Early Head Start earns $1.2 million federal grant to expand
The Early Head Start Program, administered through the University of Nevada, Reno’s Child and Family Research Center, will add 17 new staff members through a nearly $1.2 million grant from the American Recovery and Reinvestment Act. The funding allows the program to serve an additional 84 children, bringing the total number of children served at the center and through home-based programs to 180. The grant will also provide three newly renovated classrooms in the northern Nevada Early Intervention Services’ building at the north end of campus.
Early Head Start is a national program that uses community collaboration to promote school readiness for infants and toddlers up to three years old. The Center, through which the program operates, was nominated last year by Nevada Governor Jim Gibbons as a Center of Excellence by the federal Office of Head Start. The program provides numerous services free of charge for qualified families, including full-day child care, nutritional services, medical and dental care, home-based services and other family support assistance.
“Less than 3 percent of eligible children are served,” said Sherry Waugh, director of the Child and Family Research Center, part of the University’s College of Education. “The funding provides much needed services for very low income children and families in the Reno-Sparks area.”
According to the 2009 U.S. Department of Health and Human Services poverty guidelines, an area family could qualify for the program if their annual gross income is less than $22,000 for a family of four. In addition, parents must be working full time, in school full time, or a combination of the two.
“Sixty-seven percent of all of our families have one or both the parents in school,” said Jane Hogue, program coordinator for Early Head Start. “We really work with families to improve their education so they can work to be better providers.”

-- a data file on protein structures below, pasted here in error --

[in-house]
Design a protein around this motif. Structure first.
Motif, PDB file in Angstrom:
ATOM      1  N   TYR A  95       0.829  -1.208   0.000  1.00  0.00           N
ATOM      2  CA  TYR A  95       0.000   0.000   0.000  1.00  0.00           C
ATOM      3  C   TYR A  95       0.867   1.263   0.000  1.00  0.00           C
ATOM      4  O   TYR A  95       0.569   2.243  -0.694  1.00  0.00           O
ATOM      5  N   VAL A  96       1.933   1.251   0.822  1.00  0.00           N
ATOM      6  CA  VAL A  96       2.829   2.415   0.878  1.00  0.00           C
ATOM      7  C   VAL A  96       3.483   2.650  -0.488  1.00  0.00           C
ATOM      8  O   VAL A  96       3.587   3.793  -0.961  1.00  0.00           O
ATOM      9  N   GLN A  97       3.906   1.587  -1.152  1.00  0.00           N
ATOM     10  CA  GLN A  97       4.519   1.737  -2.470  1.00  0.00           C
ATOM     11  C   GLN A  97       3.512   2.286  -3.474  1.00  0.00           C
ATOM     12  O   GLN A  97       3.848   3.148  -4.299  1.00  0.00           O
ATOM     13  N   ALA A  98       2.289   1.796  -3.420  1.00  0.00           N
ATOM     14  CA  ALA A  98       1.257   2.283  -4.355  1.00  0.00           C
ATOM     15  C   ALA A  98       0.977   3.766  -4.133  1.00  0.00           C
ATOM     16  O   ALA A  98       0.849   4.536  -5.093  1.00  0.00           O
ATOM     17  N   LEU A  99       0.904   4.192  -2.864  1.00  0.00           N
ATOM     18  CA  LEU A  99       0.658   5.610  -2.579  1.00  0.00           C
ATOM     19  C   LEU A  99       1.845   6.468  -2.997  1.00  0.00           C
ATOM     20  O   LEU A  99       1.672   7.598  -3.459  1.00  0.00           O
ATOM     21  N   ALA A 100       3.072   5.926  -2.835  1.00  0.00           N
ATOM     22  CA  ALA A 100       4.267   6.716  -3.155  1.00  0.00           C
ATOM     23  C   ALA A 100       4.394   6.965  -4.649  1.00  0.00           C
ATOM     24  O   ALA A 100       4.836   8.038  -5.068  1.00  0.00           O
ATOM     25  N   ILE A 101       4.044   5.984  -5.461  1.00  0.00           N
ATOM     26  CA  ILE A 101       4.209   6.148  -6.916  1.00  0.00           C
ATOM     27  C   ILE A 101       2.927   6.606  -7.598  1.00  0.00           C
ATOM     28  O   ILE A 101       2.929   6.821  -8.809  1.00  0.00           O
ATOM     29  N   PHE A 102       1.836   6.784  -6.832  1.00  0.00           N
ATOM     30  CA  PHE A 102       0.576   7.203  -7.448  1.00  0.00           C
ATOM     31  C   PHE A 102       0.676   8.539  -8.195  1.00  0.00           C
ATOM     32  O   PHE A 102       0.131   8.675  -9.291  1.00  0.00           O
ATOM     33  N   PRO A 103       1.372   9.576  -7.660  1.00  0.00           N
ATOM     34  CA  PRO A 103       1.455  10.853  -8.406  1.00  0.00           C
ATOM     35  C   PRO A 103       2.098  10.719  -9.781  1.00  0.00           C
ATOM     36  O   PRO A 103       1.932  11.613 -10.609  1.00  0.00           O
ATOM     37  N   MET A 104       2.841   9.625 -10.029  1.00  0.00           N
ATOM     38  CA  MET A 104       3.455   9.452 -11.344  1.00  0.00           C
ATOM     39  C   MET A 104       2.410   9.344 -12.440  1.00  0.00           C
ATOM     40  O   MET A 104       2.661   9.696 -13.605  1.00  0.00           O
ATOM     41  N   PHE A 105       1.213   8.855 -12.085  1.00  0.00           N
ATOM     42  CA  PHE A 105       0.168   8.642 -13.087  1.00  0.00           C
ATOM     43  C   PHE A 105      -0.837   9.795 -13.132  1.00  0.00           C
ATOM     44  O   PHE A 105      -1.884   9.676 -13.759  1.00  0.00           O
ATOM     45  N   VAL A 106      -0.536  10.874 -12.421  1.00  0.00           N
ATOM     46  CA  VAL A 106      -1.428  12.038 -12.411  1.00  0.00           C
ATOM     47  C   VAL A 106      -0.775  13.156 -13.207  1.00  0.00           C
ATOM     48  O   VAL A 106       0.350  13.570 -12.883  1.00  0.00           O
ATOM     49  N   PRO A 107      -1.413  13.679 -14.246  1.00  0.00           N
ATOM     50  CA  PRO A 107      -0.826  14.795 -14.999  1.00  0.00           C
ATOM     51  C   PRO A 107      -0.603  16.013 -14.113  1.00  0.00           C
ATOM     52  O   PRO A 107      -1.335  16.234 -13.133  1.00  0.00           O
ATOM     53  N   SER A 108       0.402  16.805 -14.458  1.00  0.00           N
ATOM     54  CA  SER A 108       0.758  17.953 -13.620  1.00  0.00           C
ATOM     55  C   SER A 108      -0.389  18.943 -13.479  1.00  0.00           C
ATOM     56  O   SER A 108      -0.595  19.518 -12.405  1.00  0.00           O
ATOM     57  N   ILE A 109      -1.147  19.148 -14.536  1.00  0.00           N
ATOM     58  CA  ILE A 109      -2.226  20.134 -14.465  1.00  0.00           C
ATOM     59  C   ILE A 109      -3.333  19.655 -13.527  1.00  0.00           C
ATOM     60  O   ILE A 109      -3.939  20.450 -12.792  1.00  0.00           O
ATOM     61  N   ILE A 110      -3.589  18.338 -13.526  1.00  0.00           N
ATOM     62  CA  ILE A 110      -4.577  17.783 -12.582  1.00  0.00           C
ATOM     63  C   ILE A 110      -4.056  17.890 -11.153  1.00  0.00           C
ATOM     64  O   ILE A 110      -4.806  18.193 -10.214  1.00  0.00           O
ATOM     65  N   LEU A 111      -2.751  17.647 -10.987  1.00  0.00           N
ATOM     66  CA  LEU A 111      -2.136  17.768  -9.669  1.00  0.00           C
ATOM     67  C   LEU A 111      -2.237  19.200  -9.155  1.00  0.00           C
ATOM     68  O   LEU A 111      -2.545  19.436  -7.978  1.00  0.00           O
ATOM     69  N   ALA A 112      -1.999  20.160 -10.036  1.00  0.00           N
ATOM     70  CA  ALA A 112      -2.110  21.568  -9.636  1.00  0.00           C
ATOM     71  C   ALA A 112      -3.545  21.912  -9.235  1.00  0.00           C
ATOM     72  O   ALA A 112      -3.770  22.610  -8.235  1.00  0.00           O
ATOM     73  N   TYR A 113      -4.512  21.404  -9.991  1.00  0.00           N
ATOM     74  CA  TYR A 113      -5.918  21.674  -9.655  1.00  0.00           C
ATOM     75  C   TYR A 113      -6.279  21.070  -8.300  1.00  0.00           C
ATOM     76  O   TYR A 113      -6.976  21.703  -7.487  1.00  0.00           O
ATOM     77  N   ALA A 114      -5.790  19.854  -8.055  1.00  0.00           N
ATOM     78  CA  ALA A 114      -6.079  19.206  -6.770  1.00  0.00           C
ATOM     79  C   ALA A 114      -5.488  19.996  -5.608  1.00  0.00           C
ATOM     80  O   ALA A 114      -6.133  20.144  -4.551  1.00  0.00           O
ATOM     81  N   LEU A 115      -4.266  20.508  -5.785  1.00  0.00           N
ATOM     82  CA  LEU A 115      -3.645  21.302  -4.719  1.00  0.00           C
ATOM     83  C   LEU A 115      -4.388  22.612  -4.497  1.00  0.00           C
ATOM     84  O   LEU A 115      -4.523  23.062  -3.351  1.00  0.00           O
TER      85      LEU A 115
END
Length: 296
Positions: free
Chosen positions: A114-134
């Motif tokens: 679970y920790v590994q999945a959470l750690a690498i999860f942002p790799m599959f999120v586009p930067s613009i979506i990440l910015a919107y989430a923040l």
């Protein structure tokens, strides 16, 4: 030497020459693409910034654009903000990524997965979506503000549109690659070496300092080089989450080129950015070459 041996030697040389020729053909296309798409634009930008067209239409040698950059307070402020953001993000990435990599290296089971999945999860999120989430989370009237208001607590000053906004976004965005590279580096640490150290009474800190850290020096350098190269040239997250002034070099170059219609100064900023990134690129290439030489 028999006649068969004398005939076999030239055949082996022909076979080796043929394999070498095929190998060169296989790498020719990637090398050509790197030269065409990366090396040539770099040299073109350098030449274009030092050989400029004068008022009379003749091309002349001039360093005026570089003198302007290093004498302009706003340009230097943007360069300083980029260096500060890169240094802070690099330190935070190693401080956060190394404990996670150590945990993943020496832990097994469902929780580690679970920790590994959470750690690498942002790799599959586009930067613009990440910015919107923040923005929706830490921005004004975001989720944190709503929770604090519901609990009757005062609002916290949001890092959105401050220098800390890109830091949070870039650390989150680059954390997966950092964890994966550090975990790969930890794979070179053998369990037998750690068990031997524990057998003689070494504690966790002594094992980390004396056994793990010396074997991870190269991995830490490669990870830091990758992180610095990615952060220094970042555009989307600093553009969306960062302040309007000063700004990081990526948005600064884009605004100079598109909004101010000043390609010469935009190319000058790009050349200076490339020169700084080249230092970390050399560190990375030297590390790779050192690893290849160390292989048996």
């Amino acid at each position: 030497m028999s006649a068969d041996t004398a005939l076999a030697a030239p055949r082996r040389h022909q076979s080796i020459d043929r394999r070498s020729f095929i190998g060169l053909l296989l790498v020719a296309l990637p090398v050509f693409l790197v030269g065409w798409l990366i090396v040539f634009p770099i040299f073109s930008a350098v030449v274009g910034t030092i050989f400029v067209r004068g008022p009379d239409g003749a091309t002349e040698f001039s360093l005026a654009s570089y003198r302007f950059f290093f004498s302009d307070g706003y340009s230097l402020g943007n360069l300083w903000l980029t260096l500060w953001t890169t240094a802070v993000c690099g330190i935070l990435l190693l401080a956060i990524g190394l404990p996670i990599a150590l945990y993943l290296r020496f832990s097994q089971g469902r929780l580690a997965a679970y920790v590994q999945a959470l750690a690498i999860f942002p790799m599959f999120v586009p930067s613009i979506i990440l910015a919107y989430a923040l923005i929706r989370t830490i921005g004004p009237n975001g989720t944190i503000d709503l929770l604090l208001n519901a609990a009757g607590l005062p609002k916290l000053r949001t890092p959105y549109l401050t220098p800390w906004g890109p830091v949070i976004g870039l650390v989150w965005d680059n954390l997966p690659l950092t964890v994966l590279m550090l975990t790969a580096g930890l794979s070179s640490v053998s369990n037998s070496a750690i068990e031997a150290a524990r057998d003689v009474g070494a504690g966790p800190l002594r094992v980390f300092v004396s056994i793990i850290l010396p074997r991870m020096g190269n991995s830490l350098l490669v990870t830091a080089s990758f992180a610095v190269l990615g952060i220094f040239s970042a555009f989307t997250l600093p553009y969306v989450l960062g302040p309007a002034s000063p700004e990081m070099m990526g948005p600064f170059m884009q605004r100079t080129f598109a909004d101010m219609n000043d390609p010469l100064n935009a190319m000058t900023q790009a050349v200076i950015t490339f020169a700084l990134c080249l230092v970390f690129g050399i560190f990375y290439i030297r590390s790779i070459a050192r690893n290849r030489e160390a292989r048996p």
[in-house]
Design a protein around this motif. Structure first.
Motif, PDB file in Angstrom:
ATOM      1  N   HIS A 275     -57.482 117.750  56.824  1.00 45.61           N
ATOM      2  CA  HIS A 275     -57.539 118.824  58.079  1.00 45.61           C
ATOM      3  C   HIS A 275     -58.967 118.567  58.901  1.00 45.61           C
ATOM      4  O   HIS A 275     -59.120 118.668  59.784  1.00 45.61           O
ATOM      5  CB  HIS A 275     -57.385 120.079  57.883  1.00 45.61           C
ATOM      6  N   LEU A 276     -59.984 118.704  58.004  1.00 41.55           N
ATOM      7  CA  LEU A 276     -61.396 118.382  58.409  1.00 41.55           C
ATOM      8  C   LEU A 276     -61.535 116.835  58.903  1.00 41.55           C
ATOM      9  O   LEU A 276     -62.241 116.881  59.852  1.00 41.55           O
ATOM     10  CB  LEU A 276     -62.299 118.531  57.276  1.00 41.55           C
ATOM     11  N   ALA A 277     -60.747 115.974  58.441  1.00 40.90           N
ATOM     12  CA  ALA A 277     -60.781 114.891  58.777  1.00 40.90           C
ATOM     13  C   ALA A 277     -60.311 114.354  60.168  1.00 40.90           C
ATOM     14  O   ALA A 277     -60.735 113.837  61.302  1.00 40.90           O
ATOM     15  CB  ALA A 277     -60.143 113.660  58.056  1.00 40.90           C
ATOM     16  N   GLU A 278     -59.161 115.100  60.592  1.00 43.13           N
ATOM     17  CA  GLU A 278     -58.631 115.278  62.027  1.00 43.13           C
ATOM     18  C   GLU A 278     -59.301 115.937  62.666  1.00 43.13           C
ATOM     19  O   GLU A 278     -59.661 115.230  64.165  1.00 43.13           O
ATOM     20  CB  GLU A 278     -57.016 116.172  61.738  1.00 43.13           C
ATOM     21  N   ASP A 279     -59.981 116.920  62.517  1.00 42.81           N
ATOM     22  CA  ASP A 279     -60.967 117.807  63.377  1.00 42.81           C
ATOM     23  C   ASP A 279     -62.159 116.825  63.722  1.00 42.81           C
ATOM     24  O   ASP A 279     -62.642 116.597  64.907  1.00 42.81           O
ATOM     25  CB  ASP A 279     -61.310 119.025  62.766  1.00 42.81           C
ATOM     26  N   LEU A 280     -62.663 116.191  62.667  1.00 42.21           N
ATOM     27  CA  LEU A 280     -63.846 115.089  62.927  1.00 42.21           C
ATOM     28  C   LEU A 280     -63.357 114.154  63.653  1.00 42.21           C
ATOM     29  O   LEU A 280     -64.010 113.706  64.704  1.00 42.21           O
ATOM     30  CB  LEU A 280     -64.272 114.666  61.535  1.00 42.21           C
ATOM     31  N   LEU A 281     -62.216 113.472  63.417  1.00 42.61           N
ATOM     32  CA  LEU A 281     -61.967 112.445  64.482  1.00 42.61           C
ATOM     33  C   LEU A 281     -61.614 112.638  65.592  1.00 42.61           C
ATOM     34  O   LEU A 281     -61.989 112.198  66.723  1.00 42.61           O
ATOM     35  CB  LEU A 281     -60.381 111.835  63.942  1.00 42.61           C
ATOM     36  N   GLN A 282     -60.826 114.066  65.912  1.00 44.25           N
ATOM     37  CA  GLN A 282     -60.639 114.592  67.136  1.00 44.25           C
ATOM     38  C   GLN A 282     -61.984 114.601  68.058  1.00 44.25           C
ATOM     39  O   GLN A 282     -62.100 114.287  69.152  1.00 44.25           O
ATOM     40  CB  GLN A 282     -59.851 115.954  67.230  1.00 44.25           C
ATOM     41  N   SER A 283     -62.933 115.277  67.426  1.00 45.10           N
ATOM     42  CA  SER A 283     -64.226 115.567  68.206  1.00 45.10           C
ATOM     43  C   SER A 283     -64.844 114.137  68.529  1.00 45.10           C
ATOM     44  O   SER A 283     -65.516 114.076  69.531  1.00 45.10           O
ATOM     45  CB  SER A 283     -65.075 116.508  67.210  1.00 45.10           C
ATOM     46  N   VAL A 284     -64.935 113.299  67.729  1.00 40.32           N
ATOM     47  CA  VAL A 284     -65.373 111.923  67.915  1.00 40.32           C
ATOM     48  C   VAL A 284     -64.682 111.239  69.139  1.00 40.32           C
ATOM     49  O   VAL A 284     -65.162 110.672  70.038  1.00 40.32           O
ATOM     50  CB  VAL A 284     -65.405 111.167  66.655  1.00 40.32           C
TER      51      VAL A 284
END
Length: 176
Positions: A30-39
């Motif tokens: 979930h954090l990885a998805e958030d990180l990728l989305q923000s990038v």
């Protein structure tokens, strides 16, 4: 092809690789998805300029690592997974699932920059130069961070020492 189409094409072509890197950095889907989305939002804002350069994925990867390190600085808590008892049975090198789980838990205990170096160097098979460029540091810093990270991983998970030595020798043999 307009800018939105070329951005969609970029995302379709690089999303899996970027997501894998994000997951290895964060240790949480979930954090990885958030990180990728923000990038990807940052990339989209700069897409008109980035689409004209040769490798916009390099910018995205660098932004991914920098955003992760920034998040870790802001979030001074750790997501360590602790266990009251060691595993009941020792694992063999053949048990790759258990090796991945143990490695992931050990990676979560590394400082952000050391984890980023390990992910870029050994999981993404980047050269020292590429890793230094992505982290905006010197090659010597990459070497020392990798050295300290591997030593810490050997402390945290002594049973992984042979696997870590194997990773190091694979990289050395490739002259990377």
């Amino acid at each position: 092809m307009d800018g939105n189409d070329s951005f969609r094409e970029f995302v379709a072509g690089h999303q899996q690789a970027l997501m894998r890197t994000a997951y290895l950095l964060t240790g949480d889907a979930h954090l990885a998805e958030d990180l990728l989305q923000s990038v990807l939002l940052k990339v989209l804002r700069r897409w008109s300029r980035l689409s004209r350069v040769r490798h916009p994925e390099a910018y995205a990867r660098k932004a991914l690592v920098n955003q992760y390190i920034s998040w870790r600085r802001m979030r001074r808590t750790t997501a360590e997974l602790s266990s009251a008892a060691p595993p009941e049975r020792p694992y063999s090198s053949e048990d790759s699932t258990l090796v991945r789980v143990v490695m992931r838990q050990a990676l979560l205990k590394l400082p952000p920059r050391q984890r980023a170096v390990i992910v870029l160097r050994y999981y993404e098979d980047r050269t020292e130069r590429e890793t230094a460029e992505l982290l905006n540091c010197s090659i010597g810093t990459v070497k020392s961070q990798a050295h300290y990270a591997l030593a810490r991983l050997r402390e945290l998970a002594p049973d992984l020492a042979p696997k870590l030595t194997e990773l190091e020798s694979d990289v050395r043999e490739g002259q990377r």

Early Head Start promotes parent education so that parents will have more opportunities for higher-paying jobs and because increased educational level of parents equates to additional schooling for their children.
One target population for the program is teen parents. The program aims to keep these parents in school by providing free child care and encouraging them to finish their education.
“We have a partnership with the Washoe County School District,” Hogue said. “Three district schools have had programs to provide parenting teens with child care. At the end of 2009, their funding was being cut. But, we were able to step in and fund those programs as a part of Early Head Start, allowing us to serve an additional 32 children.”
The program also has a long-term collaboration with Step 2, a comprehensive substance abuse treatment program operated through Lighthouse of the Sierra. Early Head Start plans to develop three permanent classrooms at the Lighthouse’s location at Clear Acre and Crystal Lanes in Reno.
“For women with drug and alcohol recovery issues, one of the big barriers is the fear of losing their children if they seek recovery,” Hogue said. “Step 2 is unique in that families actually live on-site while a parent receives help in their treatment programs. Moms can still be with their children and their Early- Head-Start-eligible children can then get enrolled in the program.”
The 17 new staff positions include two graduate-student assistantships through the University’s College of Education.
To find out more or to volunteer, visit the the University’s Early Head Start program.